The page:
This does not mean that no one but the preacher may contribute vocally in a service, nor that those who attend corporate worship are mere onlookers.
Quite the reverse — for without their presence there could be no teaching, no learning, no mutual encouragement, no corporate worship, no agreement in prayer.
But the ministry of the word of God — with its content of edification, instruction, warning and exhortation — is not a free-for-all in which everyone is free to participate. It is a specific ministry exercised by men called and prepared by God himself.
Is it possible, however, that this public ministry took a form other than preaching? Was preaching largely restricted to evangelistic situations, as Jon Zens asserts, while Christians were edified by different means?
Preaching and teaching
It is true that the word ‘preaching’ in the NT relates mainly (though not exclusively) to evangelism. But other terms like ‘ministering the word’, ‘teaching’, ‘edifying’, ‘commanding’, ‘warning’ and ‘exhorting’ are applied chiefly to the instruction of believers.
Today, perhaps, we use the word ‘preaching’ rather inclusively, but so does Scripture itself. For example, Paul equates preaching and teaching in Colossians 1:28: ‘Him we preach, warning every man and teaching every man in all wisdom, that we may present every man perfect in Christ Jesus’.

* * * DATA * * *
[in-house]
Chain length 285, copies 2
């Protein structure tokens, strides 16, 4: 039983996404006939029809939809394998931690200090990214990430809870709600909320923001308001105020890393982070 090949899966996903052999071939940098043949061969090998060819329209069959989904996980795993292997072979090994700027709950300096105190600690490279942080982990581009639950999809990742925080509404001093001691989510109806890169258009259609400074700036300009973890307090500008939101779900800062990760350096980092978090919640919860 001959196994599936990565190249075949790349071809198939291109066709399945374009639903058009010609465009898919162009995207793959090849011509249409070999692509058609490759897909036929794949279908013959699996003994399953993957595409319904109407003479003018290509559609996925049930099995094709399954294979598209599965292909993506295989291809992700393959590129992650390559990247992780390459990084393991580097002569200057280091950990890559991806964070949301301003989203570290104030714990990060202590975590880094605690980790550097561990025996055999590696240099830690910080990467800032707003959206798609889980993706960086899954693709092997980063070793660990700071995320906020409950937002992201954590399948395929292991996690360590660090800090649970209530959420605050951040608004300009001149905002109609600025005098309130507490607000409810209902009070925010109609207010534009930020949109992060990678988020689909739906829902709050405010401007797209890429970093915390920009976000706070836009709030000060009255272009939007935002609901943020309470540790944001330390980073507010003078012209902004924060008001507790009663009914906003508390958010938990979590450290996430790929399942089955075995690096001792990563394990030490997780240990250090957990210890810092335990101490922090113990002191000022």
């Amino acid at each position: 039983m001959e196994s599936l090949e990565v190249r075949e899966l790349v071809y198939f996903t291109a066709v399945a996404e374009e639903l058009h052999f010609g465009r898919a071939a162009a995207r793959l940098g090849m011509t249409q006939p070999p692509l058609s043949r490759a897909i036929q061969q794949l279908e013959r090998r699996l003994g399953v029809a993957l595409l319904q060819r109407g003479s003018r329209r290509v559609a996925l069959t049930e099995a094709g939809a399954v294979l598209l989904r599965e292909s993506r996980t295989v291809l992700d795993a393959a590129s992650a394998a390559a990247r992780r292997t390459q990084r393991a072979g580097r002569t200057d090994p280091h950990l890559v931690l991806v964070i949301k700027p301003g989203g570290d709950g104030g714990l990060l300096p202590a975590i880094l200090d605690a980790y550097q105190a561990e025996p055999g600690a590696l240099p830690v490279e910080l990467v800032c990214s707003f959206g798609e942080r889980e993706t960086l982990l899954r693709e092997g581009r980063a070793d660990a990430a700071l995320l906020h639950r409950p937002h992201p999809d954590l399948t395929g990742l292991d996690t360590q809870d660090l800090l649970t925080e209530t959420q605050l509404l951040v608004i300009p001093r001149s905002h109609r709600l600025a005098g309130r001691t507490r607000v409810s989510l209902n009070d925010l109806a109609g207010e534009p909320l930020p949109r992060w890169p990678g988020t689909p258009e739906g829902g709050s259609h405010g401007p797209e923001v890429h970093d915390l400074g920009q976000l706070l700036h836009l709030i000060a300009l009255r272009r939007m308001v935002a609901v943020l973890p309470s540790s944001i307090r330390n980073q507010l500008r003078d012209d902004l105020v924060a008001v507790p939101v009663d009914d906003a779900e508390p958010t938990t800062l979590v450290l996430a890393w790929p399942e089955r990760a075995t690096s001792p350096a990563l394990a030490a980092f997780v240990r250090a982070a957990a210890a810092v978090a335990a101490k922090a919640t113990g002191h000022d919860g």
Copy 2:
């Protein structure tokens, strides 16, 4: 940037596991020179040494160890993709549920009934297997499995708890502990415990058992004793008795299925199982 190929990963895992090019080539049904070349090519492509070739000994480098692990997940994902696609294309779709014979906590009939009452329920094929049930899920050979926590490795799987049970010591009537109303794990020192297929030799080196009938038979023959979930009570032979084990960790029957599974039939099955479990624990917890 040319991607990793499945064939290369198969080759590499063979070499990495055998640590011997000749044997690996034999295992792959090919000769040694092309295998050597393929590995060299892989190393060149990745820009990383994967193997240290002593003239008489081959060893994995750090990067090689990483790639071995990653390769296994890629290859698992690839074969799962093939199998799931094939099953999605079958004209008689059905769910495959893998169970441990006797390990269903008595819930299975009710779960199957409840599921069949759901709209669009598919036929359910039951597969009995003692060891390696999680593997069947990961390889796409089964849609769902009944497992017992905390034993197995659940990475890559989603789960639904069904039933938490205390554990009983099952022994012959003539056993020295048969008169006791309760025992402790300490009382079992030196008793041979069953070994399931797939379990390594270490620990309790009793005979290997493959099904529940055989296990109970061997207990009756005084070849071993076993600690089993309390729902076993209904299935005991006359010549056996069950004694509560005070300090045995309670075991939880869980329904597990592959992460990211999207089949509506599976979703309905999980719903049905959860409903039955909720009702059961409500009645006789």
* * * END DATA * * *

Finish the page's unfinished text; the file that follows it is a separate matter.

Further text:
The greatest ‘preaching’ of all time — the Sermon on the Mount — is identified as teaching in Matthew 5:2.
Furthermore, the gospel must sometimes be preached to rectify church errors. In 1 Corinthians 15:11-13, for example, gospel preaching refutes the heresy that there is no resurrection.
The real issue
But the distinction between preaching and teaching is not the real issue in the current debate.
What is being questioned is (1) whether the teaching and exhortation of believers should be done by selected individuals, and (2) whether such ministry should be delivered by means of monologue rather than dialogue ordebate.
Ephesians 4:11-16 holds the key to the first of these questions. We have already seen that teaching ministries were entrusted, not to the generality of believers, but to appointed individuals.
Whether apostles, prophets, evangelists, pastors or teachers — they exercised their individual ministries ‘for the edifying of the body of Christ’ — that is, for the benefit of believers.
One or more?
In large New Testament churches there would have been a plurality of such people (e.g. Acts 13:1) — just as today a large church may have several pastors and teachers. Whether more than one preached or taught at a given meeting must surely depend on the length of the meeting.
At conferences and conventions today, two or more ‘preachers’ often speak in turn — but it would be difficult for more than one person to minister the Word in any depth in a sixty-minute service.
Indeed, we have the example of the apostle Paul, who addressed believers at Troas at the Lord’s Supper. He ‘continued his message until midnight’ — putting Eutychus to sleep in the process! (Acts 20:7-12).
Of course, the ‘visiting speaker’ was a distinguished apostle. But this was nevertheless a routine weekly worship service (see v.7) and no one seems surprised that Paul monopolised the ministry.
The clearest evidence that preaching/teaching by a given individual was central to church gatherings in New Testament times comes from the so-called ‘pastoral epistles’.